Lithuanian capital plants world's first Christmas Forest from residents’ potted holiday trees
Vilnius, the capital of Lithuania, marked Earth Day (March 20) by planting a brand new Christmas Forest entirely out of old potted holiday trees brought by the residents. The project, first proposed at the beginning of the last holiday season, aims to both contribute to the green transformation of urban areas and involve the community into long-term sustainability-centered initiatives.
The idea for a Christmas Forest was suggested by Remigijus Šimašius, Mayor of Vilnius, early in December 2020. Residents were invited to preserve their potted Christmas plants till springtime and were given a set of recommendations on how to keep the trees alive. This March, upon registering for the project, the residents planted the holiday trees in the marked spots with the assistance of Vilnius parks’ maintenance staff.
As a continuous initiative sustained by mutual efforts of the residents and the organisers, the event also provided an opportunity for the residents to spend time outdoors and was organised with all safety precautions in place due to the ongoing lockdown. 80 Christmas trees were planted in the new urban forest located in the territory of Verkiai Regional Park favoured by residents and visitors alike.
“The Christmas trees had to wait to be returned to the forest, however, even if one of five takes root, it is still worth trying out such initiatives. I believe that together with other residents of the city, we will be able to plant as many Christmas trees as possible to put the new forest on the map,” Remigijus Šimašius, Mayor of Vilnius, said. “I also hope this inspires other people to choose the environmentally-friendly option and buy potted trees next holiday season, afterwards donating them to the forest.”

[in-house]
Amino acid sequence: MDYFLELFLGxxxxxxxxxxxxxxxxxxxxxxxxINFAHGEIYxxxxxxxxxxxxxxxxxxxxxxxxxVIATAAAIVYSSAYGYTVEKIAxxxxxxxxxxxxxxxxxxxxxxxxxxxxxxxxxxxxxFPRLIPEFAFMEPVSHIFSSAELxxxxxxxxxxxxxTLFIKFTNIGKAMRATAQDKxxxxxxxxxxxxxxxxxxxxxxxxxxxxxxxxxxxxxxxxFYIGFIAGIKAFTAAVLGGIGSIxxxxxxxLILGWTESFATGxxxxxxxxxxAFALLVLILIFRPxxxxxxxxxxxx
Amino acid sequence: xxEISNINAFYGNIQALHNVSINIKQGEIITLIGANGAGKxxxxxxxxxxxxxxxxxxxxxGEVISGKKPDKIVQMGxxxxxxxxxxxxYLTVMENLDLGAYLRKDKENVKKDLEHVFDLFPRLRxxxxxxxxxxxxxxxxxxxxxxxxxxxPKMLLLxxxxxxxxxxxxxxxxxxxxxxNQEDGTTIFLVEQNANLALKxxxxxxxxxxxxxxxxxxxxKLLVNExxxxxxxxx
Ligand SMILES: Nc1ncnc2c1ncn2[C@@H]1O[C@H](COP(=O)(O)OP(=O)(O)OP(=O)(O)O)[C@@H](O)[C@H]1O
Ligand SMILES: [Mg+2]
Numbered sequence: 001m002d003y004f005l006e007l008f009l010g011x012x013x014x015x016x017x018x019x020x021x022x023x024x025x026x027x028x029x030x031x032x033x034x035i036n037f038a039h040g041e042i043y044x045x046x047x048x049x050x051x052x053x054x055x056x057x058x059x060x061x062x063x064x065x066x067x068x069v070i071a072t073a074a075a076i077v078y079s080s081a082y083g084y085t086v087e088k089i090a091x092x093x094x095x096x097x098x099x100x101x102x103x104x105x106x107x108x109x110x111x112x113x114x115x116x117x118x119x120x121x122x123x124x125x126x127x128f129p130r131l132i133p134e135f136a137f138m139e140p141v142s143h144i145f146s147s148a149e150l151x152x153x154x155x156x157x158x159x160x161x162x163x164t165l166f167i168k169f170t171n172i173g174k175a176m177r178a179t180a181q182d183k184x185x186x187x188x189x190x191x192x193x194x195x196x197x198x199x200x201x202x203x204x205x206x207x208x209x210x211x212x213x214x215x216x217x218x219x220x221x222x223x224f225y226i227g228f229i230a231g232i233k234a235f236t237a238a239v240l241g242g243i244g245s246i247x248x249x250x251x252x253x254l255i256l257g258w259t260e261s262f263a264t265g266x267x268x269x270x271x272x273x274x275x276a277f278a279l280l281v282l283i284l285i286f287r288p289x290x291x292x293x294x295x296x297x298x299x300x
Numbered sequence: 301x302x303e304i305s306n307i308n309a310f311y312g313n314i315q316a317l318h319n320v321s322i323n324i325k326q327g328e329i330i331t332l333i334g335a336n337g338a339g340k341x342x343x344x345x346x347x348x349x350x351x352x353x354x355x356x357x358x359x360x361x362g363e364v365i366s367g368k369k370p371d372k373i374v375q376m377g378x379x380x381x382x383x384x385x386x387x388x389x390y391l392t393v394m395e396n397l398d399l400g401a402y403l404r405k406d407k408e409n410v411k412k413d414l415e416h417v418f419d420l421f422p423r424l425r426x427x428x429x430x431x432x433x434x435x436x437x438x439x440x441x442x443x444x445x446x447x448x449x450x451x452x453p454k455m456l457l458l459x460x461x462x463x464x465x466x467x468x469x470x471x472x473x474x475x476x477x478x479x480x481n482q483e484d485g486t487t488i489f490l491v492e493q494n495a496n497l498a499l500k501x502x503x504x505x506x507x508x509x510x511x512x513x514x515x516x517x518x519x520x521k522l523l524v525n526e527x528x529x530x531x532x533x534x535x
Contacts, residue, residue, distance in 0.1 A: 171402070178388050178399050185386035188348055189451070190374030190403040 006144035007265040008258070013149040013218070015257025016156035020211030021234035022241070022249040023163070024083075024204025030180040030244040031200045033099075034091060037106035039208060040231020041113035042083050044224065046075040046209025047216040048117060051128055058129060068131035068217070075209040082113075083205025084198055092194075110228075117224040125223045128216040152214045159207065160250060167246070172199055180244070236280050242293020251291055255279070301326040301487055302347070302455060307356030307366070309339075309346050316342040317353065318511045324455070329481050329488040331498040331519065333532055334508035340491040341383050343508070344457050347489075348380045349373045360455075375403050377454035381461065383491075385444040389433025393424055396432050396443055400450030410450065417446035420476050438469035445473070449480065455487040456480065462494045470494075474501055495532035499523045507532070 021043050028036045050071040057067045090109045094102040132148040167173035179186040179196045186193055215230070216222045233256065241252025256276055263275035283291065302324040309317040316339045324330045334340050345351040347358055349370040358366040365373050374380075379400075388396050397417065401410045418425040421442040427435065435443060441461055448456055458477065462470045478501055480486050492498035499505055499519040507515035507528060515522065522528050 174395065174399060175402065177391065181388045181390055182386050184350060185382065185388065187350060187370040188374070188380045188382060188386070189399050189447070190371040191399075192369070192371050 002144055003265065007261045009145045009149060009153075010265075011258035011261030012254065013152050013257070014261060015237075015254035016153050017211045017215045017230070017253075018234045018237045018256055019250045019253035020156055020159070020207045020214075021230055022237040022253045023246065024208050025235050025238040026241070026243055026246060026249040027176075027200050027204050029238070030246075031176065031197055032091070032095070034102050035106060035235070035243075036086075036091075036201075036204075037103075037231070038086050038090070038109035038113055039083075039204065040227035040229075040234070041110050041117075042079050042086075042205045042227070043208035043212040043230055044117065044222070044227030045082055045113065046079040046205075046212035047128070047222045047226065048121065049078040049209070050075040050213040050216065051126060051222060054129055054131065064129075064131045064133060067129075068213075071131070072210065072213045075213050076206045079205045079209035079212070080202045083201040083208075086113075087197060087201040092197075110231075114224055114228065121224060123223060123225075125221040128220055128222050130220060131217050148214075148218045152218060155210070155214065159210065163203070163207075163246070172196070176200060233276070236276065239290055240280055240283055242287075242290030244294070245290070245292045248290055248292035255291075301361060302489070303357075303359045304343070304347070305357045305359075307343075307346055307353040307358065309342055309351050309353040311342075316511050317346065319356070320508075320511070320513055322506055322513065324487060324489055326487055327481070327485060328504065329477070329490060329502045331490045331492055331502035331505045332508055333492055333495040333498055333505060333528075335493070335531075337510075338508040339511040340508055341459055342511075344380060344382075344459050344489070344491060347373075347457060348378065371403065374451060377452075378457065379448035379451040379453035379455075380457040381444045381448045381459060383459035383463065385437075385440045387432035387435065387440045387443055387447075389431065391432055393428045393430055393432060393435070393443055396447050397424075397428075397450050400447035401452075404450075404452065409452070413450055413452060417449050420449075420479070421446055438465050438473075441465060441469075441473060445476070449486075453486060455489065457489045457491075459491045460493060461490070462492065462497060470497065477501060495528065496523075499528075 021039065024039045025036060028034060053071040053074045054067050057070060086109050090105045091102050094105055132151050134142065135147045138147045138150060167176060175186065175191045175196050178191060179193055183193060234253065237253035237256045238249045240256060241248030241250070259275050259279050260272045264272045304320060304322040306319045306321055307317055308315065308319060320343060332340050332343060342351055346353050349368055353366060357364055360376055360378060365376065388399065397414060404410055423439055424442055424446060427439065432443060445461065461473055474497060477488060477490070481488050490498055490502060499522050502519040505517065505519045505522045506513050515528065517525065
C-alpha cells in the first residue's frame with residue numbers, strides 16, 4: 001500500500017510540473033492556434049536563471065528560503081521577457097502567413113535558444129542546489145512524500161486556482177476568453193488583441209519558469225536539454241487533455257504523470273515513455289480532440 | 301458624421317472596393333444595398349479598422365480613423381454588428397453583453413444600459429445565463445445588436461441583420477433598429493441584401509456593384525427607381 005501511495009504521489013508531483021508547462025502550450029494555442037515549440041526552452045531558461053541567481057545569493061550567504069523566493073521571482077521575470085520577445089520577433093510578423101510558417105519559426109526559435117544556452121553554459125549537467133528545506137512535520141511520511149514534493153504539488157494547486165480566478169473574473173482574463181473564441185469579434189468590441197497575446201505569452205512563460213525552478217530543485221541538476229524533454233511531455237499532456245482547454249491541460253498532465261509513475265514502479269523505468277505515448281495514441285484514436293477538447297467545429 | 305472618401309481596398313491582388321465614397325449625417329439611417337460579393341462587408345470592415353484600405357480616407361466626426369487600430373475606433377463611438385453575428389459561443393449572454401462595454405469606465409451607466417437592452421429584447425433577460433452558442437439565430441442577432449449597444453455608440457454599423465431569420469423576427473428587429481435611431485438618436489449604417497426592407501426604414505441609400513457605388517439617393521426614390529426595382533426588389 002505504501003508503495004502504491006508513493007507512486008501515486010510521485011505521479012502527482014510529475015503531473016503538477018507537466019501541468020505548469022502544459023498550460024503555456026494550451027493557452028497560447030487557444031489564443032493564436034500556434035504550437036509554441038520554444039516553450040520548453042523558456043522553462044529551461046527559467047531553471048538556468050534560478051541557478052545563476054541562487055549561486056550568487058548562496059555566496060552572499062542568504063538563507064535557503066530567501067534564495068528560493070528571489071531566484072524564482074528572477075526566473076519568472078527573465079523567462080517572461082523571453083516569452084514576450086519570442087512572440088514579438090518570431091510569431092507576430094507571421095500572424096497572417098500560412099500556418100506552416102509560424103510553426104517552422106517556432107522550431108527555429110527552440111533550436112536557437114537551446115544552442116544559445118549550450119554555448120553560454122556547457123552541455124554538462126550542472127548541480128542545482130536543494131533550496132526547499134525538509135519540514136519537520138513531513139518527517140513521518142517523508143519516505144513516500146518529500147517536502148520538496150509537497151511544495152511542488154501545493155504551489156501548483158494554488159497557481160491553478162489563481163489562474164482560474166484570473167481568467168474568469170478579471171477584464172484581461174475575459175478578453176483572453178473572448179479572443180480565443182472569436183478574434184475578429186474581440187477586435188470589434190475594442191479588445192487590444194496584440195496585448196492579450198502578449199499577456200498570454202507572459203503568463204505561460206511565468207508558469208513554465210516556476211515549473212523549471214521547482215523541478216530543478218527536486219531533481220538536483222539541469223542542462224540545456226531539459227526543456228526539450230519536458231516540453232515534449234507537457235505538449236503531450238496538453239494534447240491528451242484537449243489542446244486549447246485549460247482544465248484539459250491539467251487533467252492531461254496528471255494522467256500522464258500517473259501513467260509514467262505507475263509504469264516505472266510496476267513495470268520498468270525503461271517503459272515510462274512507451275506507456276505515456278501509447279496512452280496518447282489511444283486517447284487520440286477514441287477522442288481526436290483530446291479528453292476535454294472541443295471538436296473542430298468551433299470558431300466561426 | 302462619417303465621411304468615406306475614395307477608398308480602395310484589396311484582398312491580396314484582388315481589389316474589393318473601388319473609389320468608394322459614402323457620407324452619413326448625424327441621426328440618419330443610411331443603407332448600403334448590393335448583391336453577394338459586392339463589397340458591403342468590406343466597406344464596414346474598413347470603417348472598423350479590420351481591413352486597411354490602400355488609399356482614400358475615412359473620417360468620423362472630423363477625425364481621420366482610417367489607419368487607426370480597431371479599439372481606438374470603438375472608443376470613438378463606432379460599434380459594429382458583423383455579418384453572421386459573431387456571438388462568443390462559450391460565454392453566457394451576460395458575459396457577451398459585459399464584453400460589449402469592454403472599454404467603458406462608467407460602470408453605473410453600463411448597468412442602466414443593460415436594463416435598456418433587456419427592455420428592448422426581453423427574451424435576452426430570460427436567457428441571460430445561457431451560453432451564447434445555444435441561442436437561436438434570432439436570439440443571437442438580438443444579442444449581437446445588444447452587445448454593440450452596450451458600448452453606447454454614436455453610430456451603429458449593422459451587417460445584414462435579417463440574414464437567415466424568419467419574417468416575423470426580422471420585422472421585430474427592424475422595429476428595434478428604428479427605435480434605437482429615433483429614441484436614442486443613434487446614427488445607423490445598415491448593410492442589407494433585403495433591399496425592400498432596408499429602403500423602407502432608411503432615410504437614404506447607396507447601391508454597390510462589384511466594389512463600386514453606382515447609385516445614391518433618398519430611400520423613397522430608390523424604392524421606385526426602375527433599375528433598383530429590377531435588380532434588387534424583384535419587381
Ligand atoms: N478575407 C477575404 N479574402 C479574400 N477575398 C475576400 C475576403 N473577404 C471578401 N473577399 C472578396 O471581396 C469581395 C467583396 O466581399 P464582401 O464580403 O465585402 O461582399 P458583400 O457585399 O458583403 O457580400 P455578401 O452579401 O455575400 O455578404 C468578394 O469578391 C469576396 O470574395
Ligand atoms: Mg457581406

In terms of green urban space, the capital has been recently ranked the greenest city in Europe and the third greenest city world-wide. Using satellite technology, Husqvarna Urban Green Space Index (HUGSI) showed that greenery covers 62% of the capital. However, the expansion of green areas in the city is only one part of the capital’s agenda in encouraging sustainability.
The capital also tackles the waste issue with the help from a combined heat and power plant with the state-of-the-art technology. Since half of the waste generated by an average citizen cannot be recycled, the plant is capable of taking around 160K tons of non-recyclable waste left after the initial recycling process, and transforming it into power and heat. Such sustainability-oriented solution minimizes landfills and puts Vilnius on equal footing with technologically advanced countries that are implementing similar projects, for example, Switzerland or Sweden.
Aside from reducing environmental pollution, Lithuania is also taking steps towards renewable energy, and aims to use renewable sources for producing 100% of the country’s power by 2050. For this reason, the green-thinking capital has presented an interactive map of solar potential within the city to encourage construction of solar power plants and the consumption of sustainable energy. The initiative is aimed at swaying the residents and businesses alike in choosing renewable energy.
With several large and small-scale eco-projects underway, the capital also wants to attract more environmentally-conscious businesses, considering a relocation, and show them that the city’s business environment goes hand in hand with the vision of moving towards higher sustainability and environmental protection.